Shieff Angland Partner Shelley Eden discusses changes now in force in our employment environment – with more to come. It’s been a busy time for employers and employment lawyers, with ongoing changes to the Employment Relations Act 2000, however, there are other changes which also impact employers: Domestic violence leave.
The Domestic Violence—Victims’ Protection Act 2018 came into force on 1 April 2019. People subject to domestic violence can now take a new type of paid leave; and seek a flexible working arrangement to help support them out of a violent situation.
The Act provides leave for both those who are subjected to domestic violence and those living with a child who is subjected to domestic violence. The Act responds to an affected employee regardless of when the domestic violence occurred, even if this was before the person became an employee.
Once a person affected by domestic violence has completed 6 months’ employment, they are entitled to up to 10 days paid domestic violence leave each subsequent year, separate from annual leave and sick leave entitlements. The Act enables the employer to require proof that the employee is a person affected by domestic violence but does not give guidance as to what constitutes proof. Domestic violence leave does not accrue and is not paid out on termination of employment.
The Act also allows affected employees to seek a short-term, up to two-month, flexible working arrangement. The employee’s request must be in writing and the employer must deal with the request within 10 working days. The employer can refuse the request if certain specified grounds are met.
Lastly, the Act has broadened the scope of personal grievances to include a grievance for adverse treatment of an employee for being a person affected by domestic violence.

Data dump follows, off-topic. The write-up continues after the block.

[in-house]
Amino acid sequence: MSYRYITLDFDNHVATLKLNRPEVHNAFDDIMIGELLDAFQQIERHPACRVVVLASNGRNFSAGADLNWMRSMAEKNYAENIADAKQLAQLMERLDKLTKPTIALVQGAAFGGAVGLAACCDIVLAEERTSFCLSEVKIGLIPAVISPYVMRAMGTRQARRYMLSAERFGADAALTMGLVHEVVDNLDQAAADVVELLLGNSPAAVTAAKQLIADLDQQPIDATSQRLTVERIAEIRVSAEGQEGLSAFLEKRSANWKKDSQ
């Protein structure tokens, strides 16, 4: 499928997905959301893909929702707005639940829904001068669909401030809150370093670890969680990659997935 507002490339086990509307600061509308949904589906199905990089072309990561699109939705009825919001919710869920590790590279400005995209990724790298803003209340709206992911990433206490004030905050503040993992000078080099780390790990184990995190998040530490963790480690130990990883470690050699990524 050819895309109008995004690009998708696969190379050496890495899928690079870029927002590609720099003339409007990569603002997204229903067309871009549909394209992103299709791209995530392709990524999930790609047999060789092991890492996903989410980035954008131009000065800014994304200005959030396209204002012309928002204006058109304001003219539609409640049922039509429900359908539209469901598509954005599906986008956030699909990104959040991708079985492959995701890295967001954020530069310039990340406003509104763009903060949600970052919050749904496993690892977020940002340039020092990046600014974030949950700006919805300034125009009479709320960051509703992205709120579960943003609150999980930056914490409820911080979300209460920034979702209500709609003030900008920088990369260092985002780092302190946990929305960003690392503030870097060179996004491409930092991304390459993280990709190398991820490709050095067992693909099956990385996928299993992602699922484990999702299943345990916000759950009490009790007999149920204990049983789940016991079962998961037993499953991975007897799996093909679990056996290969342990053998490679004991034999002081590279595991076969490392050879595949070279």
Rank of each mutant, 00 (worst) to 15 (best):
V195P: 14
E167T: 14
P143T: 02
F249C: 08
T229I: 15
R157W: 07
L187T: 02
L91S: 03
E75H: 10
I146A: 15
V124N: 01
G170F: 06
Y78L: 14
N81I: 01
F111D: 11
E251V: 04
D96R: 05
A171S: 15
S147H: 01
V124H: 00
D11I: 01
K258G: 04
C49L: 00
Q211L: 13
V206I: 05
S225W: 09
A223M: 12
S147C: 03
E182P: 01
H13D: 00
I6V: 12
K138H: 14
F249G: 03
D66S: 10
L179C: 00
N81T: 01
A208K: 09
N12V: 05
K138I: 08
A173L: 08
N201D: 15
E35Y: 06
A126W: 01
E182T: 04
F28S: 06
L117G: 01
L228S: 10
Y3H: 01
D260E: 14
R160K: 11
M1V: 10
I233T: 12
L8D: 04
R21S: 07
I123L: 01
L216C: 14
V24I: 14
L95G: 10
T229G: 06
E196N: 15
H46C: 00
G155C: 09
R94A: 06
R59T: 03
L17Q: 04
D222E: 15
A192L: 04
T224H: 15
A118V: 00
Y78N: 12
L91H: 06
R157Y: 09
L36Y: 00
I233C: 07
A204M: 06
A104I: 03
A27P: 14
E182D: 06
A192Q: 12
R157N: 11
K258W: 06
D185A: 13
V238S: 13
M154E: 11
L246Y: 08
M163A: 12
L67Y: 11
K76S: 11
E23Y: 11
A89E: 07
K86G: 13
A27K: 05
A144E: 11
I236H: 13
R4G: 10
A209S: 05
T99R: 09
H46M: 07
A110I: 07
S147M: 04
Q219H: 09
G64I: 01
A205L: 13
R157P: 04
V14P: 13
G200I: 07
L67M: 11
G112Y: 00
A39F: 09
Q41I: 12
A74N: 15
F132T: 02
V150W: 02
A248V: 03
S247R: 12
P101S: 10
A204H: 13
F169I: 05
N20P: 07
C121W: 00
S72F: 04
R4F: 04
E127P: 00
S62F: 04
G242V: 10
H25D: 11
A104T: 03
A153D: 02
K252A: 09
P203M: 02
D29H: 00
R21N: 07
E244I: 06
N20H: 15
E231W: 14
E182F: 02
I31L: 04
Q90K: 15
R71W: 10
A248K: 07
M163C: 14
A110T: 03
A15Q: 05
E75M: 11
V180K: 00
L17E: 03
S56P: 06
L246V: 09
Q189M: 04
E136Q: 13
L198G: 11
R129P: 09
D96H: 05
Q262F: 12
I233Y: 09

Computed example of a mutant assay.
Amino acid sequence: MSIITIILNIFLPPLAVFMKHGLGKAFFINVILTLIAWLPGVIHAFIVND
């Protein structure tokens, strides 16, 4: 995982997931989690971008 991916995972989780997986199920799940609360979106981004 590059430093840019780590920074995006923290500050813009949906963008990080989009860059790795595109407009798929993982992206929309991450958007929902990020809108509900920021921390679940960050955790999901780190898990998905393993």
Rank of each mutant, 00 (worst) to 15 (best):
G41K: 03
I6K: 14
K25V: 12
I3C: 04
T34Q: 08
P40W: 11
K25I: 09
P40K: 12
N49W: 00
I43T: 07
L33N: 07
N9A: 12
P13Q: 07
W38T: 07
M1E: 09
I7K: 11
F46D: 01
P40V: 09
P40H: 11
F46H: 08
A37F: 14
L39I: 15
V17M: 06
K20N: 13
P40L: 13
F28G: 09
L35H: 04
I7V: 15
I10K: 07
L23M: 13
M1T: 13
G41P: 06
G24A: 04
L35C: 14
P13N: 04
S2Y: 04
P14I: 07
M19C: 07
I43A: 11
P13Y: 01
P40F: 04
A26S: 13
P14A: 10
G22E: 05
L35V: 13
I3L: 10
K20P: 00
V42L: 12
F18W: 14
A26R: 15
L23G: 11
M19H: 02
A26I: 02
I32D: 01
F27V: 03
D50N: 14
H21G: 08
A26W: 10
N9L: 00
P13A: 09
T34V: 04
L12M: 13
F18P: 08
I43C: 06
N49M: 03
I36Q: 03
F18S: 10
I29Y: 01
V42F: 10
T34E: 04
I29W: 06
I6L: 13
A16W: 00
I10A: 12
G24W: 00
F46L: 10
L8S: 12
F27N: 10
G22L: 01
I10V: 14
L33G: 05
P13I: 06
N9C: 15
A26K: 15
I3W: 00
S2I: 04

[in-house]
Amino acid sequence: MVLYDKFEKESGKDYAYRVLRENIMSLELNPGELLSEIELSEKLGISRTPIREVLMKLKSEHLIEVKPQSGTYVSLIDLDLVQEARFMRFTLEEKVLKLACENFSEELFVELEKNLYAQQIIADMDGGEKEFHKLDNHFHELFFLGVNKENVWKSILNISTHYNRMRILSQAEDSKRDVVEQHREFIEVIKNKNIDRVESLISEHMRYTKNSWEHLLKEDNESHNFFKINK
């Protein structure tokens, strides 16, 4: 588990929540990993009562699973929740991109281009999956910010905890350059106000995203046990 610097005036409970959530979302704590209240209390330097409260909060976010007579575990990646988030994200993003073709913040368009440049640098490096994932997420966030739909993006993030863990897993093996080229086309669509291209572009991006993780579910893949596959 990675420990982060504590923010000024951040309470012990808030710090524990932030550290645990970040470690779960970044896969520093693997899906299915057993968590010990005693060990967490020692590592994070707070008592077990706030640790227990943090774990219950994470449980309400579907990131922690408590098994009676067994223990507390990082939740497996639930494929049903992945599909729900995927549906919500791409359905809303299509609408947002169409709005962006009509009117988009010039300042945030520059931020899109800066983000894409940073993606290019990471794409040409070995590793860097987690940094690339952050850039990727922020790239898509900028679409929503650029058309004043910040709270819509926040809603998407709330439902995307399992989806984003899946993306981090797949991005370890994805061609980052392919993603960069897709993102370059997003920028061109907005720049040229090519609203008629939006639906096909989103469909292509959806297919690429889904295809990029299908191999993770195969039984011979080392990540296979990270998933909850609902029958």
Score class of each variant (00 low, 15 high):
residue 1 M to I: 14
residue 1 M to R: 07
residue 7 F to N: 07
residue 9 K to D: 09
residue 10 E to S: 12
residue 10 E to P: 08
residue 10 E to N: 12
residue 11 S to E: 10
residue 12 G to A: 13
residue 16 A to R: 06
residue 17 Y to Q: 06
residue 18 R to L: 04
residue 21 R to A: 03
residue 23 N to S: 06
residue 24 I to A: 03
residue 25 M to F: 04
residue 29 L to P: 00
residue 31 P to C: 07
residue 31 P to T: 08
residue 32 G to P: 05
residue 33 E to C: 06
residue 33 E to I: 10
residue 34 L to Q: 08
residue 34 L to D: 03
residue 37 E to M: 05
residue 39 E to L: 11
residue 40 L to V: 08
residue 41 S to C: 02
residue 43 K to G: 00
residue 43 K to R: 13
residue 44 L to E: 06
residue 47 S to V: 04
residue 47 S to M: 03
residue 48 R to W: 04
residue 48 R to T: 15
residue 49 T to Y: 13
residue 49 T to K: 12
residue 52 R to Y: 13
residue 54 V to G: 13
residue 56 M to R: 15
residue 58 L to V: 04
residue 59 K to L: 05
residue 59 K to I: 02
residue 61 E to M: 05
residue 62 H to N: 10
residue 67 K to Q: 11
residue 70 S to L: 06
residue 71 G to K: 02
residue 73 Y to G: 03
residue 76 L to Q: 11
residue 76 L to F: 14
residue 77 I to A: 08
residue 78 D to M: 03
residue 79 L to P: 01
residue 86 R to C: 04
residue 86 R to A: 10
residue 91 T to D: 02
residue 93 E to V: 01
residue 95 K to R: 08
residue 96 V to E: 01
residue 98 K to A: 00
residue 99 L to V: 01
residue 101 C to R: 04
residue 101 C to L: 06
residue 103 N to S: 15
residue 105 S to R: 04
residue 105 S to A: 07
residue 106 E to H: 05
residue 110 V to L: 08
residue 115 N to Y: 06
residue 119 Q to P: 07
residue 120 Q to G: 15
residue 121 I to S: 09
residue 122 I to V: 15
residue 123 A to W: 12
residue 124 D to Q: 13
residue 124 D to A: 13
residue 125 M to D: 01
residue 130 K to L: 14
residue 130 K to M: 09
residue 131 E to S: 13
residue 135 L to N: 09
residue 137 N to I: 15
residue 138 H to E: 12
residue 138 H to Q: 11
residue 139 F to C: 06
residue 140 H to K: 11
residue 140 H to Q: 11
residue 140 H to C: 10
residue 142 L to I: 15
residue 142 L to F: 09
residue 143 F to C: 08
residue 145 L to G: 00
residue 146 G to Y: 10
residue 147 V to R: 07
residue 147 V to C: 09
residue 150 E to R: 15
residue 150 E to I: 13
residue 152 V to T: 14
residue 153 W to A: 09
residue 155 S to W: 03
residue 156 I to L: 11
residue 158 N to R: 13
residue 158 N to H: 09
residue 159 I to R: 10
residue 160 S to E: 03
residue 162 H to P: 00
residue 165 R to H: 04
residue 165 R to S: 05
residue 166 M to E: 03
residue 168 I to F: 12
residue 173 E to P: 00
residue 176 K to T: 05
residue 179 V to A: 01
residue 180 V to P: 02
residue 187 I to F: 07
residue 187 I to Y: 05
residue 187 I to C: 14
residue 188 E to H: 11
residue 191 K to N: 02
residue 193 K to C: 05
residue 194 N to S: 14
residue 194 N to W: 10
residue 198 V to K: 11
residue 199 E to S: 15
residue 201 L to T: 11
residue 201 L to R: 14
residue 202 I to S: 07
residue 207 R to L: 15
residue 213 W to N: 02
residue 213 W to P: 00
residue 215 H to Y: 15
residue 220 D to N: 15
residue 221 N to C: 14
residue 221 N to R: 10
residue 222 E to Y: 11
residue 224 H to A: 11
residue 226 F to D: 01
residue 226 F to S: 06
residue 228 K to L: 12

Minimum wage increase
Also from 1 April, the minimum wage has increased to $17.70 per hour. It is the largest increase to the minimum wage ever enacted in one step, and is part of the Government’s plans to increase the minimum wage to $20 per hour by 2021.
The weekly minimum is now $708, which is an annual salary of $36,816. Employers with salary earners on low salaries need to make sure they don’t accidentally fail to comply with the new rate.
Starting-out and training rates have also increased, to $14.16. These can only be used in specific narrow circumstances.
- Review and update policies and employment agreements to respond to the new domestic violence leave provisions (and other recent changes).
- Check the salaries of lower salaried staff to ensure they are being paid the minimum wage. And lift wages of any workers earning the minimum wage from 1 April.
If you would like any further information on the topics covered, please do not hesitate to contact the author.
Shelley Eden is a Partner of the firm, focusing on employment, trade practices and intellectual property. Shelley deals with all aspects of employment law and appears regularly at mediation and in the Employment Relations Authority, and has appeared in the Employment Court. She regularly presents to corporate clients as part of in-house training and development. Shelley works closely with our commercial team on statutory and regulatory compliance, competition and trade mark matters. A period out of legal practice included time in senior management, as well as lecturing in employment law and human resources management. She brings this experience to bear, providing clients with strategic, practical and timely advice. Shelley was admitted as a Barrister and Solicitor of the High Court of New Zealand in 1992. Contact Shelley at email@example.com or connect via LinkedIn
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